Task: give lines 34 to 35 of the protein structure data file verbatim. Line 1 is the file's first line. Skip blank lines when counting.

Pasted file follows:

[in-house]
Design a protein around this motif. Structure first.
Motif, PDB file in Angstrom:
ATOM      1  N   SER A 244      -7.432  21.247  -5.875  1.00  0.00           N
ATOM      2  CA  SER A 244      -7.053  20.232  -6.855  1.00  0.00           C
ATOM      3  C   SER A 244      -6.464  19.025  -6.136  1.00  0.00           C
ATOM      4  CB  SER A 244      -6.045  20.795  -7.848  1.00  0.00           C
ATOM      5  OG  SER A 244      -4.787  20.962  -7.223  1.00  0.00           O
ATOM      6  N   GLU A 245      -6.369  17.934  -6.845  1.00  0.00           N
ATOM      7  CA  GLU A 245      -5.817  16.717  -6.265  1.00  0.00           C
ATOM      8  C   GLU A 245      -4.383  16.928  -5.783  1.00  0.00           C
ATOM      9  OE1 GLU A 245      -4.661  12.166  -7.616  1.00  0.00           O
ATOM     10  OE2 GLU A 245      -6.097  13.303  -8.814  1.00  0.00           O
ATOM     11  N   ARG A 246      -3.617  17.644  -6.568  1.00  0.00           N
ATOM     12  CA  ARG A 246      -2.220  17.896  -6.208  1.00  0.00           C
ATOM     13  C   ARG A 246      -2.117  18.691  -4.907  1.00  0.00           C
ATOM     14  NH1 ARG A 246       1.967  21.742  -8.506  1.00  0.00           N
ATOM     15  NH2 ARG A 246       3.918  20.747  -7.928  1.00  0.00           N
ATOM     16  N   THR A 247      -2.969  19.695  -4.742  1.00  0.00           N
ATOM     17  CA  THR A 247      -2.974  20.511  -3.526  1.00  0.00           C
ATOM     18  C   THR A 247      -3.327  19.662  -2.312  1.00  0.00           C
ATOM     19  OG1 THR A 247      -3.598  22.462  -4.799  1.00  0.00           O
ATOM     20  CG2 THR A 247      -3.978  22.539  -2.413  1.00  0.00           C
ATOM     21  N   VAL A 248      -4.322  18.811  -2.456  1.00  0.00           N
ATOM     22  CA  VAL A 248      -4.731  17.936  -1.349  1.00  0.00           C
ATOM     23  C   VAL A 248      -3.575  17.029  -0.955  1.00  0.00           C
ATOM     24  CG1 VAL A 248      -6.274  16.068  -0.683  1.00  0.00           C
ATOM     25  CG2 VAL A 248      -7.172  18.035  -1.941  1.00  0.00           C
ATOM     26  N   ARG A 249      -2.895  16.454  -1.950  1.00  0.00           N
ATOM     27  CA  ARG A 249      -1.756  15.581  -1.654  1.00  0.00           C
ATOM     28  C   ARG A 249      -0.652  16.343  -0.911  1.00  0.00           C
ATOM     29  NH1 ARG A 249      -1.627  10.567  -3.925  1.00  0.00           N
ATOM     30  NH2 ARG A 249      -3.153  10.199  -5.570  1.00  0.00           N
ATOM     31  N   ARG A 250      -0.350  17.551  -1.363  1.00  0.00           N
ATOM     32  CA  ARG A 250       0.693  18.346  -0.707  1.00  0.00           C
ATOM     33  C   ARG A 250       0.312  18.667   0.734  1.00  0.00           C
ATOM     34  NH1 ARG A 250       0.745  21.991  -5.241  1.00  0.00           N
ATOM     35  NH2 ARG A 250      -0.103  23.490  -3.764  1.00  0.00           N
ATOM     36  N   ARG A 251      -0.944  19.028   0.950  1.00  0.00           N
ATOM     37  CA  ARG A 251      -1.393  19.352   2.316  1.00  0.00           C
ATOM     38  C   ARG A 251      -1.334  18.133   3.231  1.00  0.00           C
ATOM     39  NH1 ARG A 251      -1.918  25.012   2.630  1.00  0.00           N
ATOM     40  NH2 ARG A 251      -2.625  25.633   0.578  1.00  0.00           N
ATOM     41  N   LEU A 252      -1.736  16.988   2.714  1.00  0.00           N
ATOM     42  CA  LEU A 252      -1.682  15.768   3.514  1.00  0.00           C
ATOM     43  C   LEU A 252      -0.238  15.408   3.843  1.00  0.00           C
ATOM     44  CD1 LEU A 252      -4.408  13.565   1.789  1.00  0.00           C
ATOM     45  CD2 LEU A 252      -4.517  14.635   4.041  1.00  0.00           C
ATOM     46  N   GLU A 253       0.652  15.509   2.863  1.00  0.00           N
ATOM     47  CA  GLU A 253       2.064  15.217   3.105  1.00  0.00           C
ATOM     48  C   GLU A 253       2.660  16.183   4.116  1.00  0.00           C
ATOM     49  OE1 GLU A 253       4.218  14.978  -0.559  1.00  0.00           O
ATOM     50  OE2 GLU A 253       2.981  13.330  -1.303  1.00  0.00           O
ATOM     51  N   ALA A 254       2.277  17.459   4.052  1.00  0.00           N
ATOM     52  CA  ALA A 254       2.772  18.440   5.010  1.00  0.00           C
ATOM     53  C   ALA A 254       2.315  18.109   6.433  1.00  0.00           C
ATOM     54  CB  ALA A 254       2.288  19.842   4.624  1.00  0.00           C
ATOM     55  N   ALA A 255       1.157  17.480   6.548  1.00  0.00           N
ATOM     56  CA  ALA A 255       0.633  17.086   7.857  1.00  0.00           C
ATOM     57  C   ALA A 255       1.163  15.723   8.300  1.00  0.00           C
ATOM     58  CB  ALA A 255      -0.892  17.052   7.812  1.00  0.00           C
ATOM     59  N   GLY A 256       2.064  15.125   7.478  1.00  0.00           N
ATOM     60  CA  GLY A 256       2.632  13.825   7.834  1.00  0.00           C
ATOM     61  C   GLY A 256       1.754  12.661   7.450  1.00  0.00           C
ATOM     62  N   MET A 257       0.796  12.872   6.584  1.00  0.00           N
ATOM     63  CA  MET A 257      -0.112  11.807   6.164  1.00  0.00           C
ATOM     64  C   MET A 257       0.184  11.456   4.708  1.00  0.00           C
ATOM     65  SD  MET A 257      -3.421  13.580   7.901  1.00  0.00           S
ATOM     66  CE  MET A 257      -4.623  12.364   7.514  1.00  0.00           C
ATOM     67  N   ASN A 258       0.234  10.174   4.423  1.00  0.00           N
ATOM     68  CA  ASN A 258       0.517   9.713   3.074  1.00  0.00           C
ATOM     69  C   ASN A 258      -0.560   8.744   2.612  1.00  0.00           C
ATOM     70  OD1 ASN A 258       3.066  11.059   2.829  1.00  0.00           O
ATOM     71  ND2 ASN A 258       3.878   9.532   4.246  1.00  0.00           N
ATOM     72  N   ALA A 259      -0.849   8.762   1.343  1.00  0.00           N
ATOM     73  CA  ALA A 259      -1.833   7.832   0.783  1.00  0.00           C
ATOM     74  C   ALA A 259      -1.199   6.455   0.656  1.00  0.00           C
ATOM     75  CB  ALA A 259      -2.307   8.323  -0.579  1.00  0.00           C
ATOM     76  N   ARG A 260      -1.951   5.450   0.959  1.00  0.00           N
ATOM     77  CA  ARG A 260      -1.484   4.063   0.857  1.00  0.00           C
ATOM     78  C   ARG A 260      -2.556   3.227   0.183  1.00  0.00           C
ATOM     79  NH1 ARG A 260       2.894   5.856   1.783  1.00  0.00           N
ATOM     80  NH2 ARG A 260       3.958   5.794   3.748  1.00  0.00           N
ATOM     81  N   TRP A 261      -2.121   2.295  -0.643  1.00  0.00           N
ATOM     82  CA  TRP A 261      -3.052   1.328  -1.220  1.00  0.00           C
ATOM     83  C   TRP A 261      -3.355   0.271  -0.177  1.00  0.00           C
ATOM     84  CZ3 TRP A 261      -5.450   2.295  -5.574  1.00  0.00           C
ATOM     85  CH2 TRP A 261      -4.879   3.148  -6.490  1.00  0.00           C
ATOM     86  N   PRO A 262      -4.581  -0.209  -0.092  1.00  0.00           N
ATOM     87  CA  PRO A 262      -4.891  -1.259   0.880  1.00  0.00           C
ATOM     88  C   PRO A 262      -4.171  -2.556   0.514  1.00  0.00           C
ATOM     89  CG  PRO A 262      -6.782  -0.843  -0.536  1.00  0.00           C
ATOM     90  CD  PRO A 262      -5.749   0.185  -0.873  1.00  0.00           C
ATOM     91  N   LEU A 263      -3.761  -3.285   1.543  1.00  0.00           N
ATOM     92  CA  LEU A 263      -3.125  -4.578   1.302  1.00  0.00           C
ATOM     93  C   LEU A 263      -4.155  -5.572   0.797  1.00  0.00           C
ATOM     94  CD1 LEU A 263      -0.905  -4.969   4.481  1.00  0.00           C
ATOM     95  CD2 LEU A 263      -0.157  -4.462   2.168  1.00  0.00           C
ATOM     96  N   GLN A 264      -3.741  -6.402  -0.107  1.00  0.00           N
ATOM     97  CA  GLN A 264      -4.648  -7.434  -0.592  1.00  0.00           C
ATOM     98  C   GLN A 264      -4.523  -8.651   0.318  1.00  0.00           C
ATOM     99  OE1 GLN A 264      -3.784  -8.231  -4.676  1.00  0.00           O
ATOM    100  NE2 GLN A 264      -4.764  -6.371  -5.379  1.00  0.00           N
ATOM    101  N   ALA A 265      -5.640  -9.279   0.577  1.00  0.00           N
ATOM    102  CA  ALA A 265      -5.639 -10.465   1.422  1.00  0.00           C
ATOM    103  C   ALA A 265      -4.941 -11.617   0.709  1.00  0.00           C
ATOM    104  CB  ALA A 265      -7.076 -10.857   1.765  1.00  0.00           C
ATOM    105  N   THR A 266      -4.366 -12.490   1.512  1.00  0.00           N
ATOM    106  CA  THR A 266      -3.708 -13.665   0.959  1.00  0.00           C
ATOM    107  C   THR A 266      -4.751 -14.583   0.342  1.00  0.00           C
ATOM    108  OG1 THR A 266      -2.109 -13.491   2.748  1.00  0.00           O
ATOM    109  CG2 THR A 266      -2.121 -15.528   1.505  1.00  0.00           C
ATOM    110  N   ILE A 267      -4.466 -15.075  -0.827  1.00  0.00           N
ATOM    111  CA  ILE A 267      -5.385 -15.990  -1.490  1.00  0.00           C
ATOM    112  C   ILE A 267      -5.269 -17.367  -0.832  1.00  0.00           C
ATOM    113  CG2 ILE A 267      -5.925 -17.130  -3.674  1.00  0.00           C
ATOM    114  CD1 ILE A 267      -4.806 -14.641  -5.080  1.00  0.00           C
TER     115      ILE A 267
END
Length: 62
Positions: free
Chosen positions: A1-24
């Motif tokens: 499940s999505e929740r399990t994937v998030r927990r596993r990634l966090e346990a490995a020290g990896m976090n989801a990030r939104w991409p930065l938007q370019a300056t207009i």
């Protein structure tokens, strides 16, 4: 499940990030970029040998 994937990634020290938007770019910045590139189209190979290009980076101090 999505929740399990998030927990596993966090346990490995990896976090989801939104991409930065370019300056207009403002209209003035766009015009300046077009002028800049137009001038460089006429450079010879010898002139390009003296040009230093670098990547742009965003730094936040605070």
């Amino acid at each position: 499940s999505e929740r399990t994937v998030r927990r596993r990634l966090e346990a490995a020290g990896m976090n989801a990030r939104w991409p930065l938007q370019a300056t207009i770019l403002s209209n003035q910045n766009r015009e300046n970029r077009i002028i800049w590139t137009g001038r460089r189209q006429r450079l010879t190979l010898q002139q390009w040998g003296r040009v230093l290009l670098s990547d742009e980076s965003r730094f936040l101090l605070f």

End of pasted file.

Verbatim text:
ATOM     31  N   ARG A 250      -0.350  17.551  -1.363  1.00  0.00           N
ATOM     32  CA  ARG A 250       0.693  18.346  -0.707  1.00  0.00           C